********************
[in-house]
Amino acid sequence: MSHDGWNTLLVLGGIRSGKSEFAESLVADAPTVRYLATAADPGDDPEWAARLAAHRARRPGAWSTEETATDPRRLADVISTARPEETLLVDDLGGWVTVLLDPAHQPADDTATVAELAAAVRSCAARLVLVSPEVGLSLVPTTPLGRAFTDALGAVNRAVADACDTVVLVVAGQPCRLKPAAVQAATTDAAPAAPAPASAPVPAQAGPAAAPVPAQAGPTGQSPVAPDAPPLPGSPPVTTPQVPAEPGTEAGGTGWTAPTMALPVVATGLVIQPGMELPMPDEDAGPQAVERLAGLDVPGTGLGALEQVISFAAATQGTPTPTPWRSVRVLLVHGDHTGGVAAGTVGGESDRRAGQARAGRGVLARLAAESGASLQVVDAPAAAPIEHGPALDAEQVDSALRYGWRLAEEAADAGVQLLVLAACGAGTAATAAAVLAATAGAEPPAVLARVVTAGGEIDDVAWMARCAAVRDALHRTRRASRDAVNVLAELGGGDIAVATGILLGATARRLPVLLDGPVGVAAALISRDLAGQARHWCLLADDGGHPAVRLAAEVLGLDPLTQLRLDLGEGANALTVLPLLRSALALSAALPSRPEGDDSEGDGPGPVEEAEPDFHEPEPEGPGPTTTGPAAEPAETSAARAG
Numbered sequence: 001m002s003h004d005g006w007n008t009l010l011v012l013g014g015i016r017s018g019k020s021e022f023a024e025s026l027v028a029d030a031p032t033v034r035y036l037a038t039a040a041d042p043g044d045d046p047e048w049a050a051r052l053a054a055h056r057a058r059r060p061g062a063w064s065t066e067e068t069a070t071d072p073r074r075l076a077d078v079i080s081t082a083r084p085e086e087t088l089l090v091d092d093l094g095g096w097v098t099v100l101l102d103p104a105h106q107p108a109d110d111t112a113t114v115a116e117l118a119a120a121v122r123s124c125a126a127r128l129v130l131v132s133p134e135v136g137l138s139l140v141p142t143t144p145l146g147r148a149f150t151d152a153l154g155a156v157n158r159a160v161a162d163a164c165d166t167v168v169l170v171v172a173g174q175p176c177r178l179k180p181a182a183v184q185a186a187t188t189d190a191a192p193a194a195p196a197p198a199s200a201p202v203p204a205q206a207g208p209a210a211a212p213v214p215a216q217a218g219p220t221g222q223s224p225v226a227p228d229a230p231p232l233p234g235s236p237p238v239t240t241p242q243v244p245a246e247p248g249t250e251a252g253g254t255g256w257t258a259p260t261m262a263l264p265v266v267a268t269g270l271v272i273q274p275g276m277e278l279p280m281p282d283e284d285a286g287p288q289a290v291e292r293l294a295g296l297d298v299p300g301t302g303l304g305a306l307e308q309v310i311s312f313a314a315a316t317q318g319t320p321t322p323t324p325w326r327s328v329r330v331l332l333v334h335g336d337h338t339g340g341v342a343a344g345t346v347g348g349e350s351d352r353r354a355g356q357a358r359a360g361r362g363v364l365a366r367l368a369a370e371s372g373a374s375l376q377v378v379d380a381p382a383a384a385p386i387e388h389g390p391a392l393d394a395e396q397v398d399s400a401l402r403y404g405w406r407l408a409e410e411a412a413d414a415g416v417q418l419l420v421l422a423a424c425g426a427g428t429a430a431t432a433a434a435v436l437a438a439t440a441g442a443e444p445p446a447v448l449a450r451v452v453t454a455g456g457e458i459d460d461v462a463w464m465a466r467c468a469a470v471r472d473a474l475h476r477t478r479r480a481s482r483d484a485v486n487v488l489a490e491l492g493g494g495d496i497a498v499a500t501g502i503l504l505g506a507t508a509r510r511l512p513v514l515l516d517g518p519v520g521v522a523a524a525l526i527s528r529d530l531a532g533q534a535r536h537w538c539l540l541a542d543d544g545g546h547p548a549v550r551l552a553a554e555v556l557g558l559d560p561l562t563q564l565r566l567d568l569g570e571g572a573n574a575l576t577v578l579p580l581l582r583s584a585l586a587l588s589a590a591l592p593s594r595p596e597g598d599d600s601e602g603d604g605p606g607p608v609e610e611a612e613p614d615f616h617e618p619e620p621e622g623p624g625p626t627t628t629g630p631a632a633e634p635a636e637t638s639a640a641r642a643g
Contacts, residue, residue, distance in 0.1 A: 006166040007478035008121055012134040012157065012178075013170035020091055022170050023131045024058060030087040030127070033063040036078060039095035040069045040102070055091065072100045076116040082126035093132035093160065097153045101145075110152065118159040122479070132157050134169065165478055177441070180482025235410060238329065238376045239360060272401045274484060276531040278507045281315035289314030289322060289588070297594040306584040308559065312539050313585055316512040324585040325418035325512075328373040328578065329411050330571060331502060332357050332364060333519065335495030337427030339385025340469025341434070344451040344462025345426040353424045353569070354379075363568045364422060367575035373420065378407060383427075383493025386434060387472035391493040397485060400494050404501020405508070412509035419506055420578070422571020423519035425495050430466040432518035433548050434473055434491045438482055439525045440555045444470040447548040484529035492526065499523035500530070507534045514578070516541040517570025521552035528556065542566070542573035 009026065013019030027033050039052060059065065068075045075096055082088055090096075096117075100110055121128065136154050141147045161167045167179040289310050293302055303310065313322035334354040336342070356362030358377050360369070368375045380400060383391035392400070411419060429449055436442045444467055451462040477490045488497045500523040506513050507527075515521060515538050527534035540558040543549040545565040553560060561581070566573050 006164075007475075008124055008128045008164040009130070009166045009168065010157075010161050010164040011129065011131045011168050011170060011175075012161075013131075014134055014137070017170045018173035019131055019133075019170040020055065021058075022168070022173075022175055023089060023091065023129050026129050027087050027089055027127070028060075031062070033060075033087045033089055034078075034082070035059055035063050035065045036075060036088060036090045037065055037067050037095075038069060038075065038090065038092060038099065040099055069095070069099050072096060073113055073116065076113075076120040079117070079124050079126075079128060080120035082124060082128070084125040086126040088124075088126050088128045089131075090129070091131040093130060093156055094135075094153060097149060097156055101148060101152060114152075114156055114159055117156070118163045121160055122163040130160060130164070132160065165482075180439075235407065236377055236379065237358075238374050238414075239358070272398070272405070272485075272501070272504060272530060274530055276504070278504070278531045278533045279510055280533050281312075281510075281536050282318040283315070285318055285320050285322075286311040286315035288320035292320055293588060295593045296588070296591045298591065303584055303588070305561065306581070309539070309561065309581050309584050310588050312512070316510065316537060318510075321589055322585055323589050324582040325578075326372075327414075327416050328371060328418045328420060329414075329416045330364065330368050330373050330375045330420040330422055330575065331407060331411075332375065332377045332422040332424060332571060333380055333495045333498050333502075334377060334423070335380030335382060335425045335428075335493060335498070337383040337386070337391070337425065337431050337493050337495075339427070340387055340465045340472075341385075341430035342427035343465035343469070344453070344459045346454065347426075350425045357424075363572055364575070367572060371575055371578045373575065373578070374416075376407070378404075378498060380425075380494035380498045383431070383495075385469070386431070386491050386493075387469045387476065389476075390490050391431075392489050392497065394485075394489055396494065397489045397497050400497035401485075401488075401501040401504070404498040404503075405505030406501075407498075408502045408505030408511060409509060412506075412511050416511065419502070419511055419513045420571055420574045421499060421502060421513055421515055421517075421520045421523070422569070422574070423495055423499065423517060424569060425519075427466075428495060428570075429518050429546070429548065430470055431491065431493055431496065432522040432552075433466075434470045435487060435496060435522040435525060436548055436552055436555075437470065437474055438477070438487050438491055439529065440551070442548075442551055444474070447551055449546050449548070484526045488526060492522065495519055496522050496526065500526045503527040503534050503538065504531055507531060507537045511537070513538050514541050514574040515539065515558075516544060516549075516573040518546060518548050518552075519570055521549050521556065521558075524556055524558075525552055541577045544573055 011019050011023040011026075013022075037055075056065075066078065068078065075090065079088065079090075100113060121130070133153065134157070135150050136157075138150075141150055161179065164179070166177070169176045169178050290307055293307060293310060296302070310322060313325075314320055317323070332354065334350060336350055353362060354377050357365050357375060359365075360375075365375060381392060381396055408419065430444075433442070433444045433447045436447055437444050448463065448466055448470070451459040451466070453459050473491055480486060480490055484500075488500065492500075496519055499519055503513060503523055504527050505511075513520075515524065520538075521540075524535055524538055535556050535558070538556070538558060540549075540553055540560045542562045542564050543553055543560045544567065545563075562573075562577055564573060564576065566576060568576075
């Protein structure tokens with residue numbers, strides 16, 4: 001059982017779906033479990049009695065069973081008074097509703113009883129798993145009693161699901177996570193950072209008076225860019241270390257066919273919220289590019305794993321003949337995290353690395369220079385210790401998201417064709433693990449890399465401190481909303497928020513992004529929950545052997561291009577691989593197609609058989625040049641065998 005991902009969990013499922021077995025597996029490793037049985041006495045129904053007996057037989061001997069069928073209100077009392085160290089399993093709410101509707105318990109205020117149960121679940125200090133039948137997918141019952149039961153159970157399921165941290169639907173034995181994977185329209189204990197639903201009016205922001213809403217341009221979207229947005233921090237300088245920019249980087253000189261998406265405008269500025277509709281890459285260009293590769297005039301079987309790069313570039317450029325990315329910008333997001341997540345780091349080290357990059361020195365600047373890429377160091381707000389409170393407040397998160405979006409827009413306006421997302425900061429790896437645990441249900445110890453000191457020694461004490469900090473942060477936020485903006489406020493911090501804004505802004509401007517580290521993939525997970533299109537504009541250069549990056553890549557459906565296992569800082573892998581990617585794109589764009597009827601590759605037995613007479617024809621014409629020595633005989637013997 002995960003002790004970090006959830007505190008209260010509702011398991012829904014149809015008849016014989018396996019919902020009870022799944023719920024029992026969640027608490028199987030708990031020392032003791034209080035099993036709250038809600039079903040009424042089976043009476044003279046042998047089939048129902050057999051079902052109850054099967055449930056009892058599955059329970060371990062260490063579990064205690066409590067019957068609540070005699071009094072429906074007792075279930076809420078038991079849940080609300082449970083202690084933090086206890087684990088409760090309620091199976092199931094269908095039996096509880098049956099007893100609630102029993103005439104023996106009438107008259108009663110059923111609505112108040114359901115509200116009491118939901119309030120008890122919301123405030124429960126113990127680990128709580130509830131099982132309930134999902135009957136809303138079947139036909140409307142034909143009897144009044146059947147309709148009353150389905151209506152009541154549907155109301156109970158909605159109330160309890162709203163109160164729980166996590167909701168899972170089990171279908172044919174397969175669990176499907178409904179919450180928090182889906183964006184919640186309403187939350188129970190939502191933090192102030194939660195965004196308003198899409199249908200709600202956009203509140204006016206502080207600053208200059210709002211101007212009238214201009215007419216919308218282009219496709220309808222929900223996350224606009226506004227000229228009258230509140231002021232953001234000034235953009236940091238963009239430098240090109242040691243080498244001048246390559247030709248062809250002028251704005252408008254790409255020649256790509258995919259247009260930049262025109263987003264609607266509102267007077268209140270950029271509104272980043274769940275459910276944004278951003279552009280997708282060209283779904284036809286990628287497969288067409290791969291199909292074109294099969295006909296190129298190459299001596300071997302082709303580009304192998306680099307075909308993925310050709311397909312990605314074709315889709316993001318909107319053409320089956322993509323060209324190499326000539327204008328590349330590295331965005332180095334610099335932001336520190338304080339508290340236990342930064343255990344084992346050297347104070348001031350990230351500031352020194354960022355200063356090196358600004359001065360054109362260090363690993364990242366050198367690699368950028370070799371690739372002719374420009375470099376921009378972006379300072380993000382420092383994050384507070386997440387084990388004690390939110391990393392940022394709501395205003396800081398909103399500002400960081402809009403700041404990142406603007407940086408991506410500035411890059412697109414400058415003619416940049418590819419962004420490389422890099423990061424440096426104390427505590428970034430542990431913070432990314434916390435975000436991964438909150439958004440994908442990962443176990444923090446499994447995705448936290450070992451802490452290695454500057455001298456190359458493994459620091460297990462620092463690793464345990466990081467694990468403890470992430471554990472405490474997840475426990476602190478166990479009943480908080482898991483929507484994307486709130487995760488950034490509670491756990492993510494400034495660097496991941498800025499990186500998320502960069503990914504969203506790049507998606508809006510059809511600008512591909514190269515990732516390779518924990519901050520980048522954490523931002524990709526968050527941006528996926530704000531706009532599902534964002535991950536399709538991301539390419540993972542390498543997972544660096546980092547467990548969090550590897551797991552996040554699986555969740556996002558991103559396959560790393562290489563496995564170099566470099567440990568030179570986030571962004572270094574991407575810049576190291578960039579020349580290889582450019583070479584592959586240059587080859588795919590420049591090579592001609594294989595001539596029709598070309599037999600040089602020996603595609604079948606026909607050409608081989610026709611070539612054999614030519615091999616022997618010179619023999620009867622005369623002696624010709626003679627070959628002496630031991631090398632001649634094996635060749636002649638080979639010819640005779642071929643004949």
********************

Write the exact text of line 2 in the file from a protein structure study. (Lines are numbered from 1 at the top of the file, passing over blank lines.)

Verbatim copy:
Amino acid sequence: MSHDGWNTLLVLGGIRSGKSEFAESLVADAPTVRYLATAADPGDDPEWAARLAAHRARRPGAWSTEETATDPRRLADVISTARPEETLLVDDLGGWVTVLLDPAHQPADDTATVAELAAAVRSCAARLVLVSPEVGLSLVPTTPLGRAFTDALGAVNRAVADACDTVVLVVAGQPCRLKPAAVQAATTDAAPAAPAPASAPVPAQAGPAAAPVPAQAGPTGQSPVAPDAPPLPGSPPVTTPQVPAEPGTEAGGTGWTAPTMALPVVATGLVIQPGMELPMPDEDAGPQAVERLAGLDVPGTGLGALEQVISFAAATQGTPTPTPWRSVRVLLVHGDHTGGVAAGTVGGESDRRAGQARAGRGVLARLAAESGASLQVVDAPAAAPIEHGPALDAEQVDSALRYGWRLAEEAADAGVQLLVLAACGAGTAATAAAVLAATAGAEPPAVLARVVTAGGEIDDVAWMARCAAVRDALHRTRRASRDAVNVLAELGGGDIAVATGILLGATARRLPVLLDGPVGVAAALISRDLAGQARHWCLLADDGGHPAVRLAAEVLGLDPLTQLRLDLGEGANALTVLPLLRSALALSAALPSRPEGDDSEGDGPGPVEEAEPDFHEPEPEGPGPTTTGPAAEPAETSAARAG